On the other hand I would reasonably expect an independent private valuation to be far more comprehensively researched and precise....and take a damn sight longer than 48 hours to compile and present.

Anyone else with similar experiences please join in...

Rolf, i'm definitely not trying to offer conflicting information, simply wishing to relay recent first hand experience. Yes, one valuation was an interstate scenario as you very correctly outlined, the other was purely local.

Kind regards as always
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Reply: 3
From: Iggy V

I don't have much experience (only bought 2 properties so far), but neither had a low valuation. The purchase price was taken as the value and I was able to have both revalued a few months (2-4) later for 22% and 68% respectively.

May be the deal is not all that good? Just a thought.


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Reply: 3.1
From: Tracey Betts

I'm just a newbie, however I have lived on the northside of Brisbane all my life. 177k sounds too high to me for a three bed duplex in Chermside. I would trust the banks valuation over the owners asking price. I don't know if your from interstate, but I think interstate investors are paying ridiculous prices for Brisbane properties. I would use the banks valuation as leverage for the vendor to drop their asking price, and if their not willing to,look elsewhere.

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Reply: 3.1.1
From: Ian Findlay

Hi all,

I'm also from Brisbane northside. $177k for a chermside duplex doesn't sound
overly expensive particularly if new. Chermside and Kedron (next suburb) are
areas that have undergone enormous growth in last quarter. Kedron has gone
up >29% in <12 months according to some reports.


> From: "Tracey Betts" <>
> I'm just a newbie, however I have lived on the northside of Brisbane all
my life. 177k sounds too high to me for a three bed duplex in Chermside. I
would trust the banks valuation over the owners asking price. I don't know
if your from interstate, but I think interstate investors are paying
ridiculous prices for Brisbane properties. I would use the banks valuation
as leverage for the vendor to drop their asking price, and if their not
willing to,look elsewhere.
> Tracey
> To reply:
> To start a new topic:
> To login:
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From: The Husband

Here's a tip

I recently refinanced a property that I thought was worth $200,000. I indicated to the bank it was worth $220,000 because I too thought valuations come in lower. The bank did a drive by, and it came in at $220,000! I should have put $260,000 or more!!!!!

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From: Felicity W.

I have to agree with the whole interstate valuation issue on this one.
We had a property in Brisbane (I'm in Melbourne) which consistently came in around $10,000 below valuation, did it 3 times. The third time was a month before we put it on the market - and within a week sold it for $10,000 above valuation.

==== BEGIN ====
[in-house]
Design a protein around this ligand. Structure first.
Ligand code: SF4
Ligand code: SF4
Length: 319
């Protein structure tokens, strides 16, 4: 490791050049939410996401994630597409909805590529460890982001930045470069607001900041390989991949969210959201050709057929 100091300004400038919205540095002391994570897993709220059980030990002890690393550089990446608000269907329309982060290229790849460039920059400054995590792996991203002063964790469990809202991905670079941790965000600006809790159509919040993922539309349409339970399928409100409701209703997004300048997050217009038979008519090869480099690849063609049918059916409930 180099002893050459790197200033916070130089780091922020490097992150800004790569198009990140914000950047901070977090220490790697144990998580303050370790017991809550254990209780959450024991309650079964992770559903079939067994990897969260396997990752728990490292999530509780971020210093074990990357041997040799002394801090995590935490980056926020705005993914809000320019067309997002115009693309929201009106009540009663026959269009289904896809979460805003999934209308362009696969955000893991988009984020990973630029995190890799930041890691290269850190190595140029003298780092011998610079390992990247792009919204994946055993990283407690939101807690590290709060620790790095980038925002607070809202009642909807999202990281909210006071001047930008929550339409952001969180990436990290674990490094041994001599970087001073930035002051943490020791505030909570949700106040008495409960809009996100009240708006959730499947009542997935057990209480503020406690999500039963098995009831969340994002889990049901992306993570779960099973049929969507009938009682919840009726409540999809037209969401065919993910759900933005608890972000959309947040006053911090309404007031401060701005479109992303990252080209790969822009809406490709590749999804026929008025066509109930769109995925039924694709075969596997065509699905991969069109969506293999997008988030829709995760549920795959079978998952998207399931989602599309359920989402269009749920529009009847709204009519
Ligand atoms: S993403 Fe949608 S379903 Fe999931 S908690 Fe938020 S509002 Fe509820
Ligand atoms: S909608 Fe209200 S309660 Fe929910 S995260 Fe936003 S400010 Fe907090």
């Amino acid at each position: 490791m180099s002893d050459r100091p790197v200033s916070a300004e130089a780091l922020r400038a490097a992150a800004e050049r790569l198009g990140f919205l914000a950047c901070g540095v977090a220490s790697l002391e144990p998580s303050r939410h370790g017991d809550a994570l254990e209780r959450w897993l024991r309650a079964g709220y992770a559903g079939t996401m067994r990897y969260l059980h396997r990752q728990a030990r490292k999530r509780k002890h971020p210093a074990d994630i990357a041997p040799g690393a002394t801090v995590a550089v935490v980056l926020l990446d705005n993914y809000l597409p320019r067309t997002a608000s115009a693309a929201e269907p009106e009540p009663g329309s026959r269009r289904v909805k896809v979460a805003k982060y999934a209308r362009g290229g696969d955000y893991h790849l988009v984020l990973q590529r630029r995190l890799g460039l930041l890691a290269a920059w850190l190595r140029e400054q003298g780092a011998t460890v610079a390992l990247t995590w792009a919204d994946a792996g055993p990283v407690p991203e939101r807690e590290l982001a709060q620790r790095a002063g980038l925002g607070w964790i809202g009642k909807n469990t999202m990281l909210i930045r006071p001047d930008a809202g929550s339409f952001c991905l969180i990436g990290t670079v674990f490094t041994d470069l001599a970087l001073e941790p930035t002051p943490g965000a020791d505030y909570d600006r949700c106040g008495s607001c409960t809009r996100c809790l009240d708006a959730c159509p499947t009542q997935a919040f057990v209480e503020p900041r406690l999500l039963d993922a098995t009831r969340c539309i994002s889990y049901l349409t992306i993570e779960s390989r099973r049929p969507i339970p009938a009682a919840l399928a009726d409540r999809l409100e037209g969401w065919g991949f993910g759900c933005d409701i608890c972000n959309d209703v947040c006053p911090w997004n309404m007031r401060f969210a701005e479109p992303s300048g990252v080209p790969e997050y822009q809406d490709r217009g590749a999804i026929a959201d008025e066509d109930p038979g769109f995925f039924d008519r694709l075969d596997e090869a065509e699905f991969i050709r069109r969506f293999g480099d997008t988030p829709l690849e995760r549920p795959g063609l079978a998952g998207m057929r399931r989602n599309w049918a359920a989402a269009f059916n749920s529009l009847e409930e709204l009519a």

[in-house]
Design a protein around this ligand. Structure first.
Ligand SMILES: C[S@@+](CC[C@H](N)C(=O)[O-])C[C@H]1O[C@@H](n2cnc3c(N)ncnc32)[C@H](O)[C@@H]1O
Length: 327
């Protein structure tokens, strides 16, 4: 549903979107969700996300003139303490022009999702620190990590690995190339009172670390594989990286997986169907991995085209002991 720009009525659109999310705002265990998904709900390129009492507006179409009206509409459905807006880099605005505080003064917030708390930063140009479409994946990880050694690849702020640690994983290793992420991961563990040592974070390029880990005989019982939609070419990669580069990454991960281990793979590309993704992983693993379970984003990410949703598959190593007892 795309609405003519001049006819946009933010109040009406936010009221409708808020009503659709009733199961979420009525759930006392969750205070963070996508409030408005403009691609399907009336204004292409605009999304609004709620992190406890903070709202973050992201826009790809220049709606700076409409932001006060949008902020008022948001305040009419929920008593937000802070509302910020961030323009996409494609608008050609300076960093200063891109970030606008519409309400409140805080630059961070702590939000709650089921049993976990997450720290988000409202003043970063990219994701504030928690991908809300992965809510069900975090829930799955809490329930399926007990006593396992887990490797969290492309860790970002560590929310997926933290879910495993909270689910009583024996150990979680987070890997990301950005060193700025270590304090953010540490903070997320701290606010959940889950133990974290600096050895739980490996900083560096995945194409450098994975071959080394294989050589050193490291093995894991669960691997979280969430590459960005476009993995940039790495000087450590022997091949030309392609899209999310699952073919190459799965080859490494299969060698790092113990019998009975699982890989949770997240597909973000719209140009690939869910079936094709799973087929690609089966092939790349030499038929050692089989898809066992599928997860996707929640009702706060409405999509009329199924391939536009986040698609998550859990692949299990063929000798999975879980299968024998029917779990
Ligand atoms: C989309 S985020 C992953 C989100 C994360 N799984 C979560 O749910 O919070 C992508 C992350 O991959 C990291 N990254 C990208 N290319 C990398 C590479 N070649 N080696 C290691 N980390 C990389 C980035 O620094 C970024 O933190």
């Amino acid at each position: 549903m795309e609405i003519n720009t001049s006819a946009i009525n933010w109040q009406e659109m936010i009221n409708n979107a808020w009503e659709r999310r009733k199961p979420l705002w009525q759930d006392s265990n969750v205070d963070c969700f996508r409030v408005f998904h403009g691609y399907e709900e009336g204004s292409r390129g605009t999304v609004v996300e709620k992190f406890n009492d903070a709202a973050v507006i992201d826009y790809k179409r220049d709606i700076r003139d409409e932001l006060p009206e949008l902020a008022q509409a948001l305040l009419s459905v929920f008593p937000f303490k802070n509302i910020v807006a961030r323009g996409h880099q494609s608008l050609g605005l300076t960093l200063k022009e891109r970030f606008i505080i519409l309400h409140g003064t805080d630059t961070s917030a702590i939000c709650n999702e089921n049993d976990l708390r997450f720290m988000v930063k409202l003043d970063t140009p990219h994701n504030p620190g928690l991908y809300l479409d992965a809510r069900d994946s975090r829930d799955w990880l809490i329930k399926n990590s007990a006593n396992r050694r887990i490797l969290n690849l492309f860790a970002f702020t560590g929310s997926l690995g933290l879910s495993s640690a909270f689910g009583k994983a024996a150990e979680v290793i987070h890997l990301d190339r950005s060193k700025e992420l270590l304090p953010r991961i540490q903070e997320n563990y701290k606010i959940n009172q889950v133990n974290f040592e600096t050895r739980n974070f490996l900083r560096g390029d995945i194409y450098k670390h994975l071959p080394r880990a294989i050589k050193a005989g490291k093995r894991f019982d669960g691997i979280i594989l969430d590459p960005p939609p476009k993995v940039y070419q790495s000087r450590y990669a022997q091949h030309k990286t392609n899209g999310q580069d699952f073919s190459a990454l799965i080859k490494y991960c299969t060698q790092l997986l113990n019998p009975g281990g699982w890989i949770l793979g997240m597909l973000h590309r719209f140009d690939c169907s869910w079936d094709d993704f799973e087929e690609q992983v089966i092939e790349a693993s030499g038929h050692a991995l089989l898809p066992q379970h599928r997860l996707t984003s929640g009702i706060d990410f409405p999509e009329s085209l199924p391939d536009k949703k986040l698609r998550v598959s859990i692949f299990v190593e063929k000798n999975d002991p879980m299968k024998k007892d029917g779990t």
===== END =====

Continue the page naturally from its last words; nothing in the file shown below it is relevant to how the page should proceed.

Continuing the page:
I was told by my broker that this situation is extremely common with interstate buyers.
Keep smiling
Felicity :cool:
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From: Chris L


I would like to give some experiences too.

All houses on Brisbane Northside for our interstate friends.
My first house was at Northgate, renovated and had many (4-5) Re agents in for sale price. All under my thoughts by $20,000, I ended up selling for $17,000 over their quotes. They all went on the RP Data of the street and only a fraction on what I had done to the place.
Next house Boondall, first Re agent said $1,000 below what I thought I would get, listed with them, sold next day for their price. Old couple bought it and I didn't want to haggle over a thousand plus I liked them. Turned out to be friends of my relative, moral - don't do crap renos, you never know who will be the buyer, they're happy and I know it's a good house with good work done by me.
Last house Bracken Ridge, had 4 Re agencies with about 10 agents thru for sale quotes, all under my thoughts by $40,000!!! except Boondall agent who was within 5-10 of me.
Went with them, result $37,000 over quotes and spot on my agents price. All other agents again had RP Data reports and I was asking over $90,000 than any in the street.
NB: I would still use these Re agents for different areas, it's no good using your favourite agent in an area they don't know either.

The whole point to this is that you have to know YOUR market, YOU have to check the other similar properties for easily 2 months (prefer longer) or how will you ever know, then when you walk in you will definitely know if it's worth the money.
If I went with those dozen Re agents prices, I would have been very disadvantaged and probably never have known it.

Sorry I can't help with your property as I stick to houses and my area at this point in time.

Hope this helps,